In case you struggle—as I do—to wrap your head around the concept of "the internet of things," here's a wonderful, accessible, and local example. A Portland company called SweetSense™ has developed a remote sensor monitoring system to improve delivery of drinking water in the developing world. In remote villages in Africa, where the only source of potable water is a community hand pump, pump breakdown is not just an annoyance, but a serious public health problem.
A local startup that grew out of Portland State University's SweetLab™, SweetSense created an electronic sensing device about the size of a thick deli sandwich that can be installed on community water pumps in remote locations to automatically transmit information about the pump's functioning through the internet cloud. When the pump stops working, that information is transmitted in real time to dispatch a technician who can fix it. The use of these sensors has dramatically improved water availability. In one study in rural Rwanda, before the installation of the sensors, an average of only 56% of the area's pumps were functional at any given time, with an average wait for repair of approximately 214 days—more than seven months! With the sensors, the average wait dropped to less than a month and the functionality rate jumped to 91%.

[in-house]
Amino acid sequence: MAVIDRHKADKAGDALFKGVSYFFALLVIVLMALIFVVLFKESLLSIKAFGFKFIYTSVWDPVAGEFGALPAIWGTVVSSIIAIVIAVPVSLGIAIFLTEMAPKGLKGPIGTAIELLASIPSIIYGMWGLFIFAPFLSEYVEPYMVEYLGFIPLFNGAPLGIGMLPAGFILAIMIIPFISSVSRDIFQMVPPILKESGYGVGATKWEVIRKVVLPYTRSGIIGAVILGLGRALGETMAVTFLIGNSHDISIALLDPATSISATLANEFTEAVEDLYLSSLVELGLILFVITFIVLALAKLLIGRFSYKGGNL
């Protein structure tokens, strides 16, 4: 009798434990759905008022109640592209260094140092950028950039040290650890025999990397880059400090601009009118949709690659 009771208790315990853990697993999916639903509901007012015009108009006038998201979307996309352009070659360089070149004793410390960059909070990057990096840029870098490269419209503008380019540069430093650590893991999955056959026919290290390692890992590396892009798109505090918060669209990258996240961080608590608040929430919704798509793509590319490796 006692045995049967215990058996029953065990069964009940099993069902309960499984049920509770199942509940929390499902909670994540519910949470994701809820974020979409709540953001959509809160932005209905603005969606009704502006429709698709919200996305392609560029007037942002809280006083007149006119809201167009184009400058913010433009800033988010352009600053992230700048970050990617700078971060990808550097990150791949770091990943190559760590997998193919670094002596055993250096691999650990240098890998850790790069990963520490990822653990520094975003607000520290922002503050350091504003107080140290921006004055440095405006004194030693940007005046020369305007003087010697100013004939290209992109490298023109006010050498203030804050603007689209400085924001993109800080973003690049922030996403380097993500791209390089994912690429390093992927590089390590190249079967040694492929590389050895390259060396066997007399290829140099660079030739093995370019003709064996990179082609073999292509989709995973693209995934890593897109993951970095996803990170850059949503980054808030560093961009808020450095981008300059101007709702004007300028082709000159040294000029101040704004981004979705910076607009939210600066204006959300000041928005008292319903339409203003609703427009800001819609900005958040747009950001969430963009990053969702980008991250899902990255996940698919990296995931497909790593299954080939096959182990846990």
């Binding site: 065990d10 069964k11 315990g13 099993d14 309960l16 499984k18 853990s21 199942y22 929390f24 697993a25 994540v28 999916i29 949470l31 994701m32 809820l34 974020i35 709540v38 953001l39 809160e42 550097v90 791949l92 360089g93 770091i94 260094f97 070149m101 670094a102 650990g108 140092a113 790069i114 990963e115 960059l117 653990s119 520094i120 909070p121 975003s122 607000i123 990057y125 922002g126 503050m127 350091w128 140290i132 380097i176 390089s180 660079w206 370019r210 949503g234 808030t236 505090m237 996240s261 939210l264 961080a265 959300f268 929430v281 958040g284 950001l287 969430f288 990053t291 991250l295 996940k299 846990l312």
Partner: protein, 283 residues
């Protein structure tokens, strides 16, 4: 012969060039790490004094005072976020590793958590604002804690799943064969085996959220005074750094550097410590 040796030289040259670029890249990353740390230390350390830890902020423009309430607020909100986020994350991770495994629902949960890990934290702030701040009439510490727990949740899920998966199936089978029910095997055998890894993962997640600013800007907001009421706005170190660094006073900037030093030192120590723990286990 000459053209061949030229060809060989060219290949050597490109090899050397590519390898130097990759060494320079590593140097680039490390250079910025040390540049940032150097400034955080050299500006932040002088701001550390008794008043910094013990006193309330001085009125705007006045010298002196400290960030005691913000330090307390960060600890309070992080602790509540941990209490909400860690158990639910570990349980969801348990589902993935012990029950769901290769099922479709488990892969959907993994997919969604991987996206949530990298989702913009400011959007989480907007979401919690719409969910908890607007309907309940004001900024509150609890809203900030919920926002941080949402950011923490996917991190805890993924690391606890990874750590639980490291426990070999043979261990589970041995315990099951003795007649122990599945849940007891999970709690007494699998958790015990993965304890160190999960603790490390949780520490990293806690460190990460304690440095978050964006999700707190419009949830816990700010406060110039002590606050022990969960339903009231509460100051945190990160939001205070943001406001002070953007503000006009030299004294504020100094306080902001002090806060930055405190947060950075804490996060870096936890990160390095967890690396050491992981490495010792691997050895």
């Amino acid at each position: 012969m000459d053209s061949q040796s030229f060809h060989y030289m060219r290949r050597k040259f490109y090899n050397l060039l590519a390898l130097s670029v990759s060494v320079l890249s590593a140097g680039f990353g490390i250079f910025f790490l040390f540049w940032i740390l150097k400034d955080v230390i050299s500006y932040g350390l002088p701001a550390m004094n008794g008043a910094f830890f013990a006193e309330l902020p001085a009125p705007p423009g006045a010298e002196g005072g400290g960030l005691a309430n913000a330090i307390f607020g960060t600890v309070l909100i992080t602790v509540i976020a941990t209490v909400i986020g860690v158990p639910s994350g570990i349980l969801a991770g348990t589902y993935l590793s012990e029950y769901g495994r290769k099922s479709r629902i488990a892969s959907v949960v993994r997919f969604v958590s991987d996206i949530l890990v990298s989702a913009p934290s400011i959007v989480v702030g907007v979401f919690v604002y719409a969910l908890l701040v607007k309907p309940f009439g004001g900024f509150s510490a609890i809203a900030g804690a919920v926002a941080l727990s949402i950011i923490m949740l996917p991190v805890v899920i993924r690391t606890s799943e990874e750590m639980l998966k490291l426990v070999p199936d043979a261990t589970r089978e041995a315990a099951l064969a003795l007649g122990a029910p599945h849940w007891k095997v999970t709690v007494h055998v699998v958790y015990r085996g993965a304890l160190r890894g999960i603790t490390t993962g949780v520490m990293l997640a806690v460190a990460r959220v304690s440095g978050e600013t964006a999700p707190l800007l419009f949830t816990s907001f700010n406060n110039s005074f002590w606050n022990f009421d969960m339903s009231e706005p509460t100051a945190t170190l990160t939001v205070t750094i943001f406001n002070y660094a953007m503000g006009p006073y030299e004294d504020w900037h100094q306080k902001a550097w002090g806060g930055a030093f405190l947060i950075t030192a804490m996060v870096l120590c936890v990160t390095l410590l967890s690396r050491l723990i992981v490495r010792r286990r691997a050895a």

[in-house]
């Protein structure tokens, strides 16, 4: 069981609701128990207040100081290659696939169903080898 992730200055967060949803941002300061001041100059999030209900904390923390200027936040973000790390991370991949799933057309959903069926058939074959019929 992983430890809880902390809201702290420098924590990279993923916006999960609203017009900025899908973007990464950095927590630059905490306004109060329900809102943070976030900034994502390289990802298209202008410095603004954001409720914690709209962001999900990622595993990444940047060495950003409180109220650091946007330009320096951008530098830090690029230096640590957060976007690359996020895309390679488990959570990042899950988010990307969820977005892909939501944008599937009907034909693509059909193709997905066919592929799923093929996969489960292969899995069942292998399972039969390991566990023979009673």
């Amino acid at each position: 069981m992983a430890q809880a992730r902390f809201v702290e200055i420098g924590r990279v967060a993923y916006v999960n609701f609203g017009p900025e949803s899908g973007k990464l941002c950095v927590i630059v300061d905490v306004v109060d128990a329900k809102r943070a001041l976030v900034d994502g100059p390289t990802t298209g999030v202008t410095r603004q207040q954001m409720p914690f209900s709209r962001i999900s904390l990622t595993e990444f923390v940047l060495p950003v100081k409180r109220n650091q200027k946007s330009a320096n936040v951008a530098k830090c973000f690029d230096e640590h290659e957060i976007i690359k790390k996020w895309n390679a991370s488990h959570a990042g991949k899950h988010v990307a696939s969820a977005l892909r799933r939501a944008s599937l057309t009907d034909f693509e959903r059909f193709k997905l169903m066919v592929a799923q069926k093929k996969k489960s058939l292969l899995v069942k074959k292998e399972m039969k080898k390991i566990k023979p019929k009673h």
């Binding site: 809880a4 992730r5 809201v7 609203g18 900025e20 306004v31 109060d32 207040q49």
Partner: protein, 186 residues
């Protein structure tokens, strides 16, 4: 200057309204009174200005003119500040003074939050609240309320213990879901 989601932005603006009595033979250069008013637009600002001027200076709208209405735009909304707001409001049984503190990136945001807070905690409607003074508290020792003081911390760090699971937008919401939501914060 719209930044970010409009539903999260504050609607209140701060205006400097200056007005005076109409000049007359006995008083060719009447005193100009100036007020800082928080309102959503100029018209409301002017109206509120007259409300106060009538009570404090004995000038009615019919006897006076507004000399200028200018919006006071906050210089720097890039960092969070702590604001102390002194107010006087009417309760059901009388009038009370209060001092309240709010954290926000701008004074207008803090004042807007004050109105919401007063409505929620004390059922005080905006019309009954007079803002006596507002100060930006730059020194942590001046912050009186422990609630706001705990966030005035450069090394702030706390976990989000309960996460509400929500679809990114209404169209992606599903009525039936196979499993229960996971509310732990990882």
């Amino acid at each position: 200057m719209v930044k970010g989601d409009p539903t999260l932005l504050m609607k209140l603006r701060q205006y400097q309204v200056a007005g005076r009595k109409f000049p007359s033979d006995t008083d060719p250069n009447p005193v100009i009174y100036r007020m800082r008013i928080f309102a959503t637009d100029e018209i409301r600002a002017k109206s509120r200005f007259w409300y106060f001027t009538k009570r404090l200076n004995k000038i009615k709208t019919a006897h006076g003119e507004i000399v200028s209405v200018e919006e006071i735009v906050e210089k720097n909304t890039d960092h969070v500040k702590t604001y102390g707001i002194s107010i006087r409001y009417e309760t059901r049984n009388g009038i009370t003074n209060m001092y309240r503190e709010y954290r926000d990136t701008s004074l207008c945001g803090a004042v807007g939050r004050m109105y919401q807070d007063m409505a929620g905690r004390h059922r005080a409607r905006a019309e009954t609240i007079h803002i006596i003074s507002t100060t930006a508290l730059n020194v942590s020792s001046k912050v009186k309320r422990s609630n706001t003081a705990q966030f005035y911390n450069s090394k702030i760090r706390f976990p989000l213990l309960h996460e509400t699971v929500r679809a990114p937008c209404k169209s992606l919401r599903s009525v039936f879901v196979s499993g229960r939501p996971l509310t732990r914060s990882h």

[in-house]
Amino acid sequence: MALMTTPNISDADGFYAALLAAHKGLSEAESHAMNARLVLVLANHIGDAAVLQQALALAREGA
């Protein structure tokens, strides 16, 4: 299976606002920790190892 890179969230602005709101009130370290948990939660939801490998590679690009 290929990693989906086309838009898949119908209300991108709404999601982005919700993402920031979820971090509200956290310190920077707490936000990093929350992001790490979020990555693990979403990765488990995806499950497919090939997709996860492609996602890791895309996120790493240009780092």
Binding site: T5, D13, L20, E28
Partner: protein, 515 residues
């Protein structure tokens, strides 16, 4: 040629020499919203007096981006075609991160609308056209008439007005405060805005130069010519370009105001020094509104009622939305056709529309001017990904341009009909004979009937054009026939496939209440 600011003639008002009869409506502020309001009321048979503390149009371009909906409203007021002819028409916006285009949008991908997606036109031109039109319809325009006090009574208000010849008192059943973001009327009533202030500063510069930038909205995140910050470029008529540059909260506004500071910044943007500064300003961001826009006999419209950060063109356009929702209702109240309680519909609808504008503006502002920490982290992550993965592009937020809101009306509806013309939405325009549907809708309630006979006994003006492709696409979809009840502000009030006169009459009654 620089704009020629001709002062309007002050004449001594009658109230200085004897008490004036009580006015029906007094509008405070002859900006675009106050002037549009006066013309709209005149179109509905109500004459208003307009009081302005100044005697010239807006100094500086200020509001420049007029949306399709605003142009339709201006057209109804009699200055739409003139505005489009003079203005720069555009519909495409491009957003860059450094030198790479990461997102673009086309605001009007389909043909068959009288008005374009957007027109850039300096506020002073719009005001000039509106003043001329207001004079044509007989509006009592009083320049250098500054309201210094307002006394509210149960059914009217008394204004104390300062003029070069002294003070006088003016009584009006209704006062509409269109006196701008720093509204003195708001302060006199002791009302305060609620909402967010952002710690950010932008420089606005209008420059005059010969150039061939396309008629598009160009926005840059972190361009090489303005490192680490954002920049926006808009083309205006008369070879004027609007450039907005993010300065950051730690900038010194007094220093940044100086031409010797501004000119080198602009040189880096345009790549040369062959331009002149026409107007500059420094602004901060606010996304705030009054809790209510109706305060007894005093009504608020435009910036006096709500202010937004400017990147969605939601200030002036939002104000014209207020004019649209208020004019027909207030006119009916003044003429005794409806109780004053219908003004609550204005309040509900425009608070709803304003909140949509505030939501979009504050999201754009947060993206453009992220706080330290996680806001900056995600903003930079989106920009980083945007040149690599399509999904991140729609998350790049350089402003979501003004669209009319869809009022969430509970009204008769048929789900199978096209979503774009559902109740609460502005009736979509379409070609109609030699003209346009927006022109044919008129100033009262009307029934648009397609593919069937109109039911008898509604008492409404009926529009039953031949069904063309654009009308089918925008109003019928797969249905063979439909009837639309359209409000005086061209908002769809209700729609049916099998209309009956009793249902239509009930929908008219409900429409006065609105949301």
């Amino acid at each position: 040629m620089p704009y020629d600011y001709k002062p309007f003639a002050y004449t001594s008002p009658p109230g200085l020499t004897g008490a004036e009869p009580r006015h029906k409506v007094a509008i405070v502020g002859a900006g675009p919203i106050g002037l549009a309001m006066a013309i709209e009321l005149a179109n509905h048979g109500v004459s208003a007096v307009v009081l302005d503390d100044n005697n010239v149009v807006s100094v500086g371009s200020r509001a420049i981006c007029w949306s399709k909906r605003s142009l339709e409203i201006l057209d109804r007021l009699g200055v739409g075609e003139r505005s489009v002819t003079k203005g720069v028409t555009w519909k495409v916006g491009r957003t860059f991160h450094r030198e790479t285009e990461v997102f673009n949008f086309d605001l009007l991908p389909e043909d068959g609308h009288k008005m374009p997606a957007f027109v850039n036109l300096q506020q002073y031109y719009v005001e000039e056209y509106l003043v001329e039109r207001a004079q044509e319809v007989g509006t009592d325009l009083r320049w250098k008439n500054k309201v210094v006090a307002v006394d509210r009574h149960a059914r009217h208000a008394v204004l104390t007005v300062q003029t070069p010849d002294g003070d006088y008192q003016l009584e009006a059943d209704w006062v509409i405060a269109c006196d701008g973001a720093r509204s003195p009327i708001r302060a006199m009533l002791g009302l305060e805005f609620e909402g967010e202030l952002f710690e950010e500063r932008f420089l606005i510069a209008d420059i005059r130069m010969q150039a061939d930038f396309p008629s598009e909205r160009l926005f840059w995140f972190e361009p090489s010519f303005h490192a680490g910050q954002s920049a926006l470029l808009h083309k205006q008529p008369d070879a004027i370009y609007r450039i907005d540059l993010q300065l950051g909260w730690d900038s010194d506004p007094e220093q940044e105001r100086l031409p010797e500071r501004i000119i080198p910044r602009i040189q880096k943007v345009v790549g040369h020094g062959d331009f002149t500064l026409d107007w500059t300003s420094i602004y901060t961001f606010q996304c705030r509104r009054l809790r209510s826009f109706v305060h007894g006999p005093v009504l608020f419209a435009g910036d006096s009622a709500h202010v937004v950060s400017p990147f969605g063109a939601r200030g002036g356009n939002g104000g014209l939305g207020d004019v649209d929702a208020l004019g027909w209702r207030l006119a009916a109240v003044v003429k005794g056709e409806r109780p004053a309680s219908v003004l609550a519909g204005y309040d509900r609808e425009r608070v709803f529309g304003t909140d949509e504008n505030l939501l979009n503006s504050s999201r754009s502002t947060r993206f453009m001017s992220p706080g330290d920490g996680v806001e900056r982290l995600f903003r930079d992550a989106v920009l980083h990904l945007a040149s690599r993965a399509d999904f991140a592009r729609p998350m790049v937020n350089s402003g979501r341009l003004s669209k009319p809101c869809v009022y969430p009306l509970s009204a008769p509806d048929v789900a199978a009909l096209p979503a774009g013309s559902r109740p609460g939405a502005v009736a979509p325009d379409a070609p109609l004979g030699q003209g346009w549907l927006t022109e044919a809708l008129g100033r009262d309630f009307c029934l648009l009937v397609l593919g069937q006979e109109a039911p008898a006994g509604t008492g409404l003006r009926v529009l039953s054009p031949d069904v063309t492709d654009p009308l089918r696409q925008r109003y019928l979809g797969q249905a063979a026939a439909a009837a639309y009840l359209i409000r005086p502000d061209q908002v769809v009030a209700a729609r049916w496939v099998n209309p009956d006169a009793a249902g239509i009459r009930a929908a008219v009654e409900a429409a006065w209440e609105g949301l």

SweetSense was in the news recently when the Portland Business Journal reported that the company just received a two-year, $750,000 grant from the National Science Foundation. The grant will help the company continue to refine its technology and reduce the cost of its devices. The sensors can also be used to monitor many other devices in addition to water pumps, including boreholes, latrines, water filters, and even cook stoves. Although I can't say that I understand exactly how it all works, it seems that the Portland company has found a sweet spot in the internet of things.